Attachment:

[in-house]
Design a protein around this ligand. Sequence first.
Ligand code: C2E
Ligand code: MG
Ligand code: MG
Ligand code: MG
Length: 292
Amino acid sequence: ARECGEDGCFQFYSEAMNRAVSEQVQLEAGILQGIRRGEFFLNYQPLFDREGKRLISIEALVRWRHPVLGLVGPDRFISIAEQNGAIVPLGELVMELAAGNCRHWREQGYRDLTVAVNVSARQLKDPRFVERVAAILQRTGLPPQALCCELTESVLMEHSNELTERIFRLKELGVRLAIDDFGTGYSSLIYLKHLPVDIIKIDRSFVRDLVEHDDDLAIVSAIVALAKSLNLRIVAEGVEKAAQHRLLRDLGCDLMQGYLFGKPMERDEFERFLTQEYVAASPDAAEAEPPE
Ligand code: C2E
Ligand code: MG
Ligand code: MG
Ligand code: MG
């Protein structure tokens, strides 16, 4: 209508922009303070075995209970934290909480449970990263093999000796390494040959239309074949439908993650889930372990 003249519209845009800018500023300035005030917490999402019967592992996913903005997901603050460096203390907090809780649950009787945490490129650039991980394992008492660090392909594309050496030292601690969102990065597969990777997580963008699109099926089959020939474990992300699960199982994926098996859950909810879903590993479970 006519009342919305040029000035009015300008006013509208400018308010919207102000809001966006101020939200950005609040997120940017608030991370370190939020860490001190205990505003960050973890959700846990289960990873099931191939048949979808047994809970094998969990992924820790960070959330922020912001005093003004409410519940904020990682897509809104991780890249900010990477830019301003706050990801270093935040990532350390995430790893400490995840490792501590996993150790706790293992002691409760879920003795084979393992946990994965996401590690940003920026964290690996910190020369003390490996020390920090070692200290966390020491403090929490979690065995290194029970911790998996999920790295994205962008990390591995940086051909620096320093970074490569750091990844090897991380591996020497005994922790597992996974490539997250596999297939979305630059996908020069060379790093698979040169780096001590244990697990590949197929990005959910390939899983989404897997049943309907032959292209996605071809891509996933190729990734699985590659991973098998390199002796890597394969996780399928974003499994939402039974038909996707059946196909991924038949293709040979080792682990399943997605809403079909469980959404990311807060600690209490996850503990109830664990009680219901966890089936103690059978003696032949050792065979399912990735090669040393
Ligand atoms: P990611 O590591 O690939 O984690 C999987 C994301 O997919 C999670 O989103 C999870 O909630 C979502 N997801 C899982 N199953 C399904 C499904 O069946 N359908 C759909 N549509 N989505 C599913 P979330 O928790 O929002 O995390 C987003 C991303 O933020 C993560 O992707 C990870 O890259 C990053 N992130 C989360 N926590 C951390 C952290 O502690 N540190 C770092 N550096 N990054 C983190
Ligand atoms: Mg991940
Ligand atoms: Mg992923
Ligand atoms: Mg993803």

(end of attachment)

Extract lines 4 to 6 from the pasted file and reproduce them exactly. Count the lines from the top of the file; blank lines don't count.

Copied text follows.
Ligand code: MG
Ligand code: MG
Ligand code: MG